PC Hardware

Specifying the Right Network Cable

In order to ensure trouble-free operation, network cabling must match the system requirements. Cable specifications are based on three factors: speed, bandwidth, and length. Cables are designated with names like 10Base5. Speed is the first number in the identification¾representing the maximum transmission speed (bandwidth) in Mbps. This will be 1, 5, 10, or 100. Band is the second part of the identification. It is either base or broad depending upon whether the cable is baseband or broadband. The last part of the identification refers to the cable length or cable type. If the unit is a number, it is the maximum length of the cable segments in hundreds of meters (1 meter is approximately 3.3 feet). In some cases, it can refer to 50-meter increments (1Base5 is five 50-meter increments-250 meters). In other cases, it represents cable type: T (twisted-pair) or F (fiber-optic). The following table shows the common types of cables and their specifications.

Name Description Type Segment Speed
10BaseT Common UTP twisted-pair .5 to 100 meters 10 Mbps
10Base2 Ethernet ThinNet Coaxial 185 meters 10 Mbps
10Base5 Thick Ethernet Coaxial 500 meters 10 Mbps
100BaseT Becoming common Twisted-pair .5 to 100 meters 100 Mbps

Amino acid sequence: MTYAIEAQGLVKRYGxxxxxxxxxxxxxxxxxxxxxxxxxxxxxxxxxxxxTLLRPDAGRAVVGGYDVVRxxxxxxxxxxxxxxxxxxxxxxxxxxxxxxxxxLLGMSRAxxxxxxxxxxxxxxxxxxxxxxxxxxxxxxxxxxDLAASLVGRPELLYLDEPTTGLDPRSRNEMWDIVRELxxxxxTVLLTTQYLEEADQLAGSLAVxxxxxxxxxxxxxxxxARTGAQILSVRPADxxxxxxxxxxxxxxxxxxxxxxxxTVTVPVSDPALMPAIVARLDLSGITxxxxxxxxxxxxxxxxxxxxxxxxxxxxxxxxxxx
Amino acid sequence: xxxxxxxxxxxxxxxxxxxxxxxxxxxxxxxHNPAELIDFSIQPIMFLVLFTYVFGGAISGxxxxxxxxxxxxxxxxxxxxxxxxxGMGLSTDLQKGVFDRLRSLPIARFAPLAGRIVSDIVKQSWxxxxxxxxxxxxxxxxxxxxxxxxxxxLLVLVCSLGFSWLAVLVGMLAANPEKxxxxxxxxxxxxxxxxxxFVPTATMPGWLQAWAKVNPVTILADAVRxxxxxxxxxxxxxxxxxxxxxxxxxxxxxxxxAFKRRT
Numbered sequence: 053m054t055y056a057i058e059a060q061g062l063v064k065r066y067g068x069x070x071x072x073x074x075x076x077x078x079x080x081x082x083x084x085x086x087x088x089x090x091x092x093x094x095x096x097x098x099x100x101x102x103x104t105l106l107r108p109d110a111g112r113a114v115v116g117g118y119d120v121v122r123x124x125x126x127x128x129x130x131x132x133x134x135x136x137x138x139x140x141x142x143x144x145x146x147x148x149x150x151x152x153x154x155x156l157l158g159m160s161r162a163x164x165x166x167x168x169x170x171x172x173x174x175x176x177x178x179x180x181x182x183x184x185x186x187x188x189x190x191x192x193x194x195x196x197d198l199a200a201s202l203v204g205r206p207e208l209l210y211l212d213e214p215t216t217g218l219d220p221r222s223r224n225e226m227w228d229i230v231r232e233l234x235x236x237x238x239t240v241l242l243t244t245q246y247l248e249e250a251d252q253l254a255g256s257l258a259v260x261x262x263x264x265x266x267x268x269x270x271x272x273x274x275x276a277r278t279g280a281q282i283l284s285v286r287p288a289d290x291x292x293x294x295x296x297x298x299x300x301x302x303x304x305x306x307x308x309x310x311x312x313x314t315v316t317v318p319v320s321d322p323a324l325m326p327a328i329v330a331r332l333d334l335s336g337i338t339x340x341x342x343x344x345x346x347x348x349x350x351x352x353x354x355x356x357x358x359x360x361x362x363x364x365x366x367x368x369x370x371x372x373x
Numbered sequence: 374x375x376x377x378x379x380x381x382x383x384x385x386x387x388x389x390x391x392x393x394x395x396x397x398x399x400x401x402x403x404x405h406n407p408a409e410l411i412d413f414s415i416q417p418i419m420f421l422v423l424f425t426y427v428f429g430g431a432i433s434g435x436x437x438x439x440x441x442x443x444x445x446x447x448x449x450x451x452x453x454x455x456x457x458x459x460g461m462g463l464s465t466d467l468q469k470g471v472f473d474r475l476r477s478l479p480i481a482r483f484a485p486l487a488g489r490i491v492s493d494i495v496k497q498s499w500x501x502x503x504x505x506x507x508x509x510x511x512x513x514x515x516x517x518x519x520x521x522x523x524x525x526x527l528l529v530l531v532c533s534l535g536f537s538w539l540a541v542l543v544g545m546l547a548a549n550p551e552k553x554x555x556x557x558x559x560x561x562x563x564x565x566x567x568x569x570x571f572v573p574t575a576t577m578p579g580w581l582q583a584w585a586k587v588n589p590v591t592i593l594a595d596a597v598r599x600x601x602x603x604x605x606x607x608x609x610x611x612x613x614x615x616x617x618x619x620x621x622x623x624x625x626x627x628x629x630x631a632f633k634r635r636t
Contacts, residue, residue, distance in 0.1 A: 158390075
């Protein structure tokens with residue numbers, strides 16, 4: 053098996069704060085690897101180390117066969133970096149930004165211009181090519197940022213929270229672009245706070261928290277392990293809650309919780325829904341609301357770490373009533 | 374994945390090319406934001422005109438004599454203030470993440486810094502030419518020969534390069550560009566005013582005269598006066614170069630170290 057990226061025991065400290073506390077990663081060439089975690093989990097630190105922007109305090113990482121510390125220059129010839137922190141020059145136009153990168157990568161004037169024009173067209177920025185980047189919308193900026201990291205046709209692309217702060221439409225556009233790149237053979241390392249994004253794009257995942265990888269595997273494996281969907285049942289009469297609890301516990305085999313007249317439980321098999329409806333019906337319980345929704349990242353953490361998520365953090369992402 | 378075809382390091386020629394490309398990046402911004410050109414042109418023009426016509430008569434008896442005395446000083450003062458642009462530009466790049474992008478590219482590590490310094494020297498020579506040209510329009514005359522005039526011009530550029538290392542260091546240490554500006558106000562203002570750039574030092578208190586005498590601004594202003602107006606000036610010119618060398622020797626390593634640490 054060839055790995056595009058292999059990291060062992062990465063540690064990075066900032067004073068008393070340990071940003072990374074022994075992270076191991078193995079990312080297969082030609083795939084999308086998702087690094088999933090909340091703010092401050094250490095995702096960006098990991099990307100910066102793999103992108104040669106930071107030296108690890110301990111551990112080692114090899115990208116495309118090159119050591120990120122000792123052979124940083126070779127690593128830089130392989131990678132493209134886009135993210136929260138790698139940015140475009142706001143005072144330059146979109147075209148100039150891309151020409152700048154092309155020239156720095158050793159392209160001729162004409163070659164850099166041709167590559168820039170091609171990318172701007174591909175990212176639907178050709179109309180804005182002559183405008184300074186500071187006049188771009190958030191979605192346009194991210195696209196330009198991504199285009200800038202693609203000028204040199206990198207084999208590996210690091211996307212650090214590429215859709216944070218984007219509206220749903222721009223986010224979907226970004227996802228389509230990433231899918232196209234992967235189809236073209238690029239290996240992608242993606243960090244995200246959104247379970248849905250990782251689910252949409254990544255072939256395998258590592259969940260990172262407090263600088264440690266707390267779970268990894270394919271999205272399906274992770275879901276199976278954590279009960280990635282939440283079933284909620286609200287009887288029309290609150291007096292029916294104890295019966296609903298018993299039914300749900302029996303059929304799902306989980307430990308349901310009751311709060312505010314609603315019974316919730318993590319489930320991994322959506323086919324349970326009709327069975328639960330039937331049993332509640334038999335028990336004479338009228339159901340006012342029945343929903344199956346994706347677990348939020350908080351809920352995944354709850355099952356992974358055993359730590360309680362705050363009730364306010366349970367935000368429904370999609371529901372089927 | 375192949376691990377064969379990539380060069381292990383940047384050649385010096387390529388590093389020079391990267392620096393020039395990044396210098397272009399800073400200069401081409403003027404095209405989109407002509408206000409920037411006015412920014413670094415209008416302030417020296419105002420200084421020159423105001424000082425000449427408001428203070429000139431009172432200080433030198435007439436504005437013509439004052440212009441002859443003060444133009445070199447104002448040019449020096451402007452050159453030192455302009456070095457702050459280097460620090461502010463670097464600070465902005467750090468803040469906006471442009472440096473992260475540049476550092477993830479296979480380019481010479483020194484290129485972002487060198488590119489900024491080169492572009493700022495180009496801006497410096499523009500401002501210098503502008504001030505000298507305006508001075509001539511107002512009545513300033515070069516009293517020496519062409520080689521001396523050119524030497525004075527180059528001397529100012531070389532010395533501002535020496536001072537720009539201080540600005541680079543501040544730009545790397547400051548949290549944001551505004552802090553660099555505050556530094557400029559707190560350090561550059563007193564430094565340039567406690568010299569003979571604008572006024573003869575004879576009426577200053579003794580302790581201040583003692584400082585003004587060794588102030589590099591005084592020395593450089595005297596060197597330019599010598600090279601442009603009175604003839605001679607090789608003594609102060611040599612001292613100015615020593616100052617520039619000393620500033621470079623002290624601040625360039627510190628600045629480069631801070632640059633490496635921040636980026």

The preceding table covers the basic cable requirements for the A+ networking objective; however, there are many other forms of network connections. For example, you'll find microwave links; forms of radio; and, for small offices and homes, power-line networks (whose NICs have connectors that plug into wall sockets, allowing regular wiring to carry the signal), and telephone-line networks that use standard phone jacks to plug into existing lines. These have relatively short ranges (generally limited to one office or one floor of a building).

LAN Communication

A LAN is similar to a telephone system with one party line-not everyone can talk at the same time. The difference is that, with a LAN, the speed is so fast that it fosters the perception that many transactions are taking place at the same time. But just like a one-lane road, the heavier the traffic, the slower it moves.


Ethernet uses a system known as carrier sense multiple access with collision detection (CSMA/CD). It also uses the bus topology discussed earlier in this lesson. The term "carrier sense" means that the network card listens to the cable for a quiet period during which it can send messages. "Multiple access" refers to the fact that more than one computer can be connected to the same cable. And "collision detection" is the ability to detect whether messages have collided in transit (in which case neither message will arrive at its destination and both will be retransmitted).

Fast Ethernet was developed to meet the increasing demands on networks. Fast Ethernet works on the same principals as the original Ethernet, but operates at 10 times the speed. Ethernet transmits at 10 Mbps, and Fast Ethernet transmits at 100 Mbps.

Token Ring

As described earlier, a token ring network uses a "token" as the basis for deciding who can communicate on the network. Token rings transmit at 4 or 16 Mbps.